Wednesday, September 17, 2008

Yankee Stadium

They'll close Yankee Stadium for good Sunday night. Well, maybe not for good; there's talk of some sort of special event in November to cap it once and for all.

But there'll be no more baseball beyond Sunday in what the team likes to call the cathedral. The Yankees will miss the playoffs this season. A meaningless game against the Orioles will conclude 85 years of action in the most famous stadium in the world.

By the way, the game is on Sunday night, instead of what is expected to be a glorious autumn afternoon, because Major League Baseball allowed it to be switched for national broadcast on ESPN. That means it will end too late for many fans to watch in its entirety. It means some fans who held tickets for months expecting to enjoy a final day game at the stadium and then perhaps linger to soak in some last-minute memories, won't be able to do so. It means for all the talk of tradition - and tradition surely will be emphasized in nostalgic pre-game ceremonies, which are expected to include former Yankee greats like Yogi Berra and Bernie Williams (who has laid low since his forced retirement), and family members of late Yankees Mickey Mantle and Roger Maris, among many others - has been sold out again for TV money. Alas, that's what baseball fans have come to expect.

But if you are a baseball fan, in general, a Yankees fan, in particular, you have better personal stories to tell about Yankee Stadium.

We all remember our first game there. Mine was in 1955.

Growing up in the Bronx, with a dad who was a Yankees fan, my path was clear. I went to countless games, often with my father, in later years with my sons. I also had the honor of "working" at Yankee Stadium as a reporter and columnist for the Freeman on opening days, Kingston's Mike Ferraro Day, an All-Star game and several World Series. It's hard to put into words what it was like to go from the general admissions seats in the upper deck as a kid, to sitting in the press box and walking on the field and in the clubhouses as an adult.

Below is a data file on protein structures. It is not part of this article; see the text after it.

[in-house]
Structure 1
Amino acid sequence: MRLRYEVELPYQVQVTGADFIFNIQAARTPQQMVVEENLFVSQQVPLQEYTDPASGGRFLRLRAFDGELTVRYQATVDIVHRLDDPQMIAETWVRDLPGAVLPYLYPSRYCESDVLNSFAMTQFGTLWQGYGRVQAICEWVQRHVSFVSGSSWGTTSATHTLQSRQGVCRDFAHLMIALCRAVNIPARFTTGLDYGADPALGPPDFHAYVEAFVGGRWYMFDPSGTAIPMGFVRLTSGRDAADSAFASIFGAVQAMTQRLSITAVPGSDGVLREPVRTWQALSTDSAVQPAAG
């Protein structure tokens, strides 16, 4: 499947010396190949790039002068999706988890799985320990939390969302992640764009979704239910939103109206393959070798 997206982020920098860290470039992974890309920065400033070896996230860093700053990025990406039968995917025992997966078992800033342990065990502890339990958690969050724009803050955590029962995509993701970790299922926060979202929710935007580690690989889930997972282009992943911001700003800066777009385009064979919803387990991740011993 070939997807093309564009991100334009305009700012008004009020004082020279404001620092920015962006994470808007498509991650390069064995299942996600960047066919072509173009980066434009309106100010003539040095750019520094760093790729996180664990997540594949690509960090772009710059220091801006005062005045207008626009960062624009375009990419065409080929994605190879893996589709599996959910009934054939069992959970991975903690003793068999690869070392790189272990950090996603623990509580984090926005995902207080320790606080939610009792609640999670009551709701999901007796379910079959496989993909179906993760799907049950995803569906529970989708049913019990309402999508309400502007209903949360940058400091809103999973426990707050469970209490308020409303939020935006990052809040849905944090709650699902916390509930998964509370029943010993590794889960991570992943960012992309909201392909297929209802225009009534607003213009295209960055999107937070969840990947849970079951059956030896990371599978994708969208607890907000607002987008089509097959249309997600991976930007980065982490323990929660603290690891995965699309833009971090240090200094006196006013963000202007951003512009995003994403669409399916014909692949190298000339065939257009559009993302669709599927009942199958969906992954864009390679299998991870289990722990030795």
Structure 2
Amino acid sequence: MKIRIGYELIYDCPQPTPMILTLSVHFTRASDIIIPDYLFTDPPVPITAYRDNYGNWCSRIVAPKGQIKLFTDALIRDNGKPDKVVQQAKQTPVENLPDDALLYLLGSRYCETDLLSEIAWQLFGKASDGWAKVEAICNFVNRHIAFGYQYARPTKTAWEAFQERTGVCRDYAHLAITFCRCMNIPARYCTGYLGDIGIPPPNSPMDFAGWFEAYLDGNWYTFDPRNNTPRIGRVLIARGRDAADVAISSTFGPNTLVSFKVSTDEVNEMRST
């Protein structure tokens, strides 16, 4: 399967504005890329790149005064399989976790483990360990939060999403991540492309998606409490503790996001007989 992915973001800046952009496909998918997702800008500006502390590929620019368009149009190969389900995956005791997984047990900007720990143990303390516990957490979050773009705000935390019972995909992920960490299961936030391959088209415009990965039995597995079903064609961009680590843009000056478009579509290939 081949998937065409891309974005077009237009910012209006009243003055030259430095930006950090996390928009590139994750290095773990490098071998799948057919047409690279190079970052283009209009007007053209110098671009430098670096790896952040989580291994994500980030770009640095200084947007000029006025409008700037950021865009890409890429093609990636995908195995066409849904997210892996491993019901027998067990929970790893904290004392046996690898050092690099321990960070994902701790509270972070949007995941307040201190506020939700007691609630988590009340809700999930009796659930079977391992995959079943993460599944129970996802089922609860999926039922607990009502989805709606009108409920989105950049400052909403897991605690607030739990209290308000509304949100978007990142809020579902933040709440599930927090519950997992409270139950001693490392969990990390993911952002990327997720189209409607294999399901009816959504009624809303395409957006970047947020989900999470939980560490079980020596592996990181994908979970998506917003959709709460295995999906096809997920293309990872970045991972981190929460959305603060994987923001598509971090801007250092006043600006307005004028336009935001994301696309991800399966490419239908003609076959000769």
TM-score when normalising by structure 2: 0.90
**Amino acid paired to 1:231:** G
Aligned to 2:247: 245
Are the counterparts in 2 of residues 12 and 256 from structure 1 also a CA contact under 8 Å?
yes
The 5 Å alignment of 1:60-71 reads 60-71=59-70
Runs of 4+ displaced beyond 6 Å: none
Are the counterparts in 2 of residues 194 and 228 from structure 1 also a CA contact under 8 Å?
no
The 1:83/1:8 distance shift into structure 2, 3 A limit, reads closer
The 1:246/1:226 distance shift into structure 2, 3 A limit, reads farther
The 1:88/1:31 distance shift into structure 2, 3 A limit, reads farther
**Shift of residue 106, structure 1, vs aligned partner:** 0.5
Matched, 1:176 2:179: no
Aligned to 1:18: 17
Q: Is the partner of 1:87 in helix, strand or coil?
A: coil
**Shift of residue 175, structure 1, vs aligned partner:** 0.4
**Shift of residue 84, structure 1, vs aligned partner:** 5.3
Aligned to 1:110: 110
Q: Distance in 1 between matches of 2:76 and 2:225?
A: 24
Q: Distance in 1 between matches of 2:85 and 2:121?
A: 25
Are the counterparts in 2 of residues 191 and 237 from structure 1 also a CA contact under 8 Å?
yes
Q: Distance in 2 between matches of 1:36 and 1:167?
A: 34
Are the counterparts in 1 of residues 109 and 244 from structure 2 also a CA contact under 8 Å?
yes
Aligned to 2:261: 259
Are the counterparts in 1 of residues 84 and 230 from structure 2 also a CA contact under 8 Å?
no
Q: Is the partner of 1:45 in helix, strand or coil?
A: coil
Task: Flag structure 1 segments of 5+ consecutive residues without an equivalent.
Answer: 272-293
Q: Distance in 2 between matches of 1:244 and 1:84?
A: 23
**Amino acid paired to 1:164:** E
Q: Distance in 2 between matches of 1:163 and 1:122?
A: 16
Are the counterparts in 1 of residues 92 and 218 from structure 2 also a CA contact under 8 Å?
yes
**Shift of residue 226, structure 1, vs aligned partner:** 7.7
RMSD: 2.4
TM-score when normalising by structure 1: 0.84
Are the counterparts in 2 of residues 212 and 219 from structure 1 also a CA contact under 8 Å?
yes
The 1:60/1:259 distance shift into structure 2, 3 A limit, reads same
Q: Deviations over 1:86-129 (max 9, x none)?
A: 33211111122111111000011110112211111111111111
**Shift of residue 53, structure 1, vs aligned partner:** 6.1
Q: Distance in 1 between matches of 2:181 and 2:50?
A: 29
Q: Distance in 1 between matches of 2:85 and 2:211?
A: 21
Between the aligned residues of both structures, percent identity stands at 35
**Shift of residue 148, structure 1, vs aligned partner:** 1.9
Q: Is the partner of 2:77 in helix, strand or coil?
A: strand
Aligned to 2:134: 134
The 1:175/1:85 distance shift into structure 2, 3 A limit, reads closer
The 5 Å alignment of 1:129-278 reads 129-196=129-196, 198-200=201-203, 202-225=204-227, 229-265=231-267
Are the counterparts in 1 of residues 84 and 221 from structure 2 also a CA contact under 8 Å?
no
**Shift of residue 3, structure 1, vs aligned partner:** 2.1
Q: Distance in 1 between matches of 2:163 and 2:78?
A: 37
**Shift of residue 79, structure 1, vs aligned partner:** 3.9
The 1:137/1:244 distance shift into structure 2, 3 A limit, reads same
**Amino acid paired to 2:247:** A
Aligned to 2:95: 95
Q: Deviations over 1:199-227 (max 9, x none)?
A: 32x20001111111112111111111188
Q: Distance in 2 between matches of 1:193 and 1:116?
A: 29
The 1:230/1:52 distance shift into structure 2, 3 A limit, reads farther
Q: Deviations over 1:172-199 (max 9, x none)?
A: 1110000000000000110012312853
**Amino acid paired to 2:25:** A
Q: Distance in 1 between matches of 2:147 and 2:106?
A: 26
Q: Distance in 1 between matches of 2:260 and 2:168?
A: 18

For everyone who ever attended a baseball game at Yankee Stadium (or a concert, or a boxing match - I sat ringside for Ali-Norton) - or a football game or a papal visit), the experiences will stay with us forever.

And now they'll move across the street (foreground in accompanying photo) to a wildly expensive stadium which will look very much like the one they're departing. It will be new and different and more comfortable, with plenty of creature features and year-round access for specialty restaurants. Watching on TV, it will look very much like the old stadium, with identical playing field dimensions and interior shape and colors.

But you won't be able to see the Bronx County Courthouse beyond the outfield wall, just as we've seen it from Lou Gehrig's farewell speech to Reggie Jackson's three-homer World Series game to Sunday night's finale. And as best as they'll try to recreate Yankees history, the diamond at the new stadium won't be the same one graced by Babe Ruth and Joe DiMaggio and Whitey Ford (or visiting stars like Ted Williams, Bob Feller and Jackie Robinson).

The new Yankee Stadium (if any of us can afford a ticket to get in it) will be wonderful. But for fans like me, it won't be the same.
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